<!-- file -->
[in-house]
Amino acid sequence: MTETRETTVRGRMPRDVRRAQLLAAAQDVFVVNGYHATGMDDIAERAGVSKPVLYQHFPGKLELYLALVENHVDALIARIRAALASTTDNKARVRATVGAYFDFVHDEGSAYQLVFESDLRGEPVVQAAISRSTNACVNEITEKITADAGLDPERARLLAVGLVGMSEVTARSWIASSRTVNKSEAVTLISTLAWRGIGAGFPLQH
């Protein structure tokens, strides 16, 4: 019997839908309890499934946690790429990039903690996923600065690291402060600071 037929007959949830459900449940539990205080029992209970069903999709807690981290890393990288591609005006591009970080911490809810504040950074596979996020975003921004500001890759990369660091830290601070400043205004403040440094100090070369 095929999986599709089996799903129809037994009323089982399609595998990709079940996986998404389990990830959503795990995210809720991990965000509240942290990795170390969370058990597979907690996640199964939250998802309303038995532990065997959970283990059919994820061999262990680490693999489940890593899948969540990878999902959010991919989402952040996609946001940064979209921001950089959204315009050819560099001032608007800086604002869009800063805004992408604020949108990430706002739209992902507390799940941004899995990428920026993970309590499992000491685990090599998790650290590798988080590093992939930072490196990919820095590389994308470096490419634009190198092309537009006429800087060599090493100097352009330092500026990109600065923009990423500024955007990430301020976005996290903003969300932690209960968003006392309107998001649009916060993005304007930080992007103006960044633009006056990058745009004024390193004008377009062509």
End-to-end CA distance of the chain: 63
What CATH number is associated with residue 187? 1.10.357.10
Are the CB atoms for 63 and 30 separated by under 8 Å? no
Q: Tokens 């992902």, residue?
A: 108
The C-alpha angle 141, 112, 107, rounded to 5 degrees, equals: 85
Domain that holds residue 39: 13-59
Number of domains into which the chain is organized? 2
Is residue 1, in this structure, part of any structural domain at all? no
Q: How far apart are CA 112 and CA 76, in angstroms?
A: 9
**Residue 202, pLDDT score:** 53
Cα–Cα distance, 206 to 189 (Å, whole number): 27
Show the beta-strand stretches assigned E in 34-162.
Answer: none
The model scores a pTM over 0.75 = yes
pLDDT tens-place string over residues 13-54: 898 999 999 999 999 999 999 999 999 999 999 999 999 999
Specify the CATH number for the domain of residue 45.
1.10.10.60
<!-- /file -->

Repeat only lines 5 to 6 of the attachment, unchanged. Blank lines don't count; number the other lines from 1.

What CATH number is associated with residue 187? 1.10.357.10
Are the CB atoms for 63 and 30 separated by under 8 Å? no